HomeThe German chancellor and the outbreak of warPagina 38

JPEG (Deze pagina), 633.93 KB

TIFF (Deze pagina), 5.71 MB

PDF (Volledig document), 76.42 MB

|
I
A 36 THE GERMAN CHANCELLOR
" But even after mobilisation began Beth-
mann­Hollweg made a last attempt to have
the order withdrawn. Fortunately, it was ‘
then too late. Clear-headed and politically l
far­sighted military authorities had carried '
i their point at the eleventh hour. What those
days of indecision on the Chancellor’s part
really cost us can hardly be estimated. The
important advantage gained by the capability
T of more rapid mobilisation than our enemies
was lost, thanks to Bethmann­Hollweg. What-
ever military advantage also was lost we will
read later between the lines of the reports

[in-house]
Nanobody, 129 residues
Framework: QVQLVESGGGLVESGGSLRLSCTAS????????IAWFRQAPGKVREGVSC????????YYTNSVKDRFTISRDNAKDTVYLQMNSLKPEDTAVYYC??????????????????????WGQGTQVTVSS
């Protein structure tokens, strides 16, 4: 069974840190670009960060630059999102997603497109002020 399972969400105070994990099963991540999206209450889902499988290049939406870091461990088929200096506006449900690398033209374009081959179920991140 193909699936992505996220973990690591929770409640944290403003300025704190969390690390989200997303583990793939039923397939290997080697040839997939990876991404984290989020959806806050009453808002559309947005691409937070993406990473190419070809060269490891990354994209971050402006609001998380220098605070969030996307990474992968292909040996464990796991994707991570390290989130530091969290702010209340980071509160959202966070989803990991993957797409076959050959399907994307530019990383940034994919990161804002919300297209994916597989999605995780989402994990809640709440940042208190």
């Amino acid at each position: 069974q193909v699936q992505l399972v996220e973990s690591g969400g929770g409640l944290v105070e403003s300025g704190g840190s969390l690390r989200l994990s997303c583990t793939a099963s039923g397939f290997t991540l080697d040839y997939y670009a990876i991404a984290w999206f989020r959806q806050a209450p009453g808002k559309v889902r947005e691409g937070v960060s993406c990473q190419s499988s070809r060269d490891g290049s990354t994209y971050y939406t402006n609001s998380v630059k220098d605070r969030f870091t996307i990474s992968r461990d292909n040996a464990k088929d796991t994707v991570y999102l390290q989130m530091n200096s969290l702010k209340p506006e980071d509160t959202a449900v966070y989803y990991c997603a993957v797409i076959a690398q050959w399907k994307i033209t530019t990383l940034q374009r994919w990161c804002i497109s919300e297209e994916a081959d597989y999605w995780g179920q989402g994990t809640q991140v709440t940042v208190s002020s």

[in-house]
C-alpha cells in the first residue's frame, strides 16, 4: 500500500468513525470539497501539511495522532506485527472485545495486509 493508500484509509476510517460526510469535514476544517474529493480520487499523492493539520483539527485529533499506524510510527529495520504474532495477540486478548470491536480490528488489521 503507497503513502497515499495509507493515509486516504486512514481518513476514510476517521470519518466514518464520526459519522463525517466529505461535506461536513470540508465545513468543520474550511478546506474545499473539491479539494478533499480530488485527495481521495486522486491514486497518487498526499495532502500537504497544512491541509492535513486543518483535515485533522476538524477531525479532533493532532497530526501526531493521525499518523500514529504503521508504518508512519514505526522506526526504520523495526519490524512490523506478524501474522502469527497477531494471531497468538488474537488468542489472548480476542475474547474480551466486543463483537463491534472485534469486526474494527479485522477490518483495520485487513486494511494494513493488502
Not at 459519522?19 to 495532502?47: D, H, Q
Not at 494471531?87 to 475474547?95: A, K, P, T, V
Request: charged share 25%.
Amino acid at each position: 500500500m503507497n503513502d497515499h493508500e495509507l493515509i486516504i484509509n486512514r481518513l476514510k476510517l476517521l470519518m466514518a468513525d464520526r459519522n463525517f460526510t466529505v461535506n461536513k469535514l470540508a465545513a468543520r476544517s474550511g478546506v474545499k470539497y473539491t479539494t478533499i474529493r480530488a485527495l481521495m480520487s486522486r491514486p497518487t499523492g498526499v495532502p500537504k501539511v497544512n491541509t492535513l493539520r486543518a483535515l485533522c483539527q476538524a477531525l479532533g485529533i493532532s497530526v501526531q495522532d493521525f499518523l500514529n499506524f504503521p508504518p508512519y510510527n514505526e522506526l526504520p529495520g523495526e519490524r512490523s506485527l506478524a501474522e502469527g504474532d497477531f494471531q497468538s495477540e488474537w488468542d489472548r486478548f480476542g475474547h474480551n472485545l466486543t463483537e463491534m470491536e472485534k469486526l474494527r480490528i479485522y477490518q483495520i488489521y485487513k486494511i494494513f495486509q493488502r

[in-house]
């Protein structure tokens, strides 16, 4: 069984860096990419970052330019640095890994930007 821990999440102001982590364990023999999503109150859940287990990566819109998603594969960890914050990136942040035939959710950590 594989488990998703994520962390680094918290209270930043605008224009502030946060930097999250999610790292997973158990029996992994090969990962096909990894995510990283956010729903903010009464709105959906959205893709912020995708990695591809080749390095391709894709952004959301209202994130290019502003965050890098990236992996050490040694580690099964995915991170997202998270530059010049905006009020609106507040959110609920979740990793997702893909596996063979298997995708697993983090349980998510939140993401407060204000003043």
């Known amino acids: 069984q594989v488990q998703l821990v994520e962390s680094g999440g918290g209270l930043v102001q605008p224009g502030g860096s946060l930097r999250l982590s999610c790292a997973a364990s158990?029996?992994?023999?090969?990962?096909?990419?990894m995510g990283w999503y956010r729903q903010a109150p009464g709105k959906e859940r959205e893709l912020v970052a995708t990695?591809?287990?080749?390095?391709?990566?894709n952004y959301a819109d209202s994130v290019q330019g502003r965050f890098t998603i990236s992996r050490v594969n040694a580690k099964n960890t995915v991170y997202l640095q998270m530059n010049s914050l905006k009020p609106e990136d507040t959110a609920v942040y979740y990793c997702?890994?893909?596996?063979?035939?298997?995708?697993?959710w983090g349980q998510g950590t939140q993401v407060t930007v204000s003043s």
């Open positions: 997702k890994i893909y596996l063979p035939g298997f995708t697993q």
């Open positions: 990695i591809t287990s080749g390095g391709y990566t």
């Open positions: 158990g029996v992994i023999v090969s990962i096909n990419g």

y of the General Staff .....
i " If ever there was a time in a decisive
hour when the task of responsible military L
leaders had been rendered nearly impossible
it was before the outbreak of this war, when
Germany faced a right for her very existence,
and that is the fault of her leading statesman.
ii No condemnation can be severe enough for i
_ much unnecessary blood that has been shed,
I due to the policy of this political sleep-
walker ..... i
" The absolute lack of diplomatie prepara-
tion came to light on August 1st, IQI4, by
the fact that no one at the Foreign Ofüce
knew whether the war would be waged on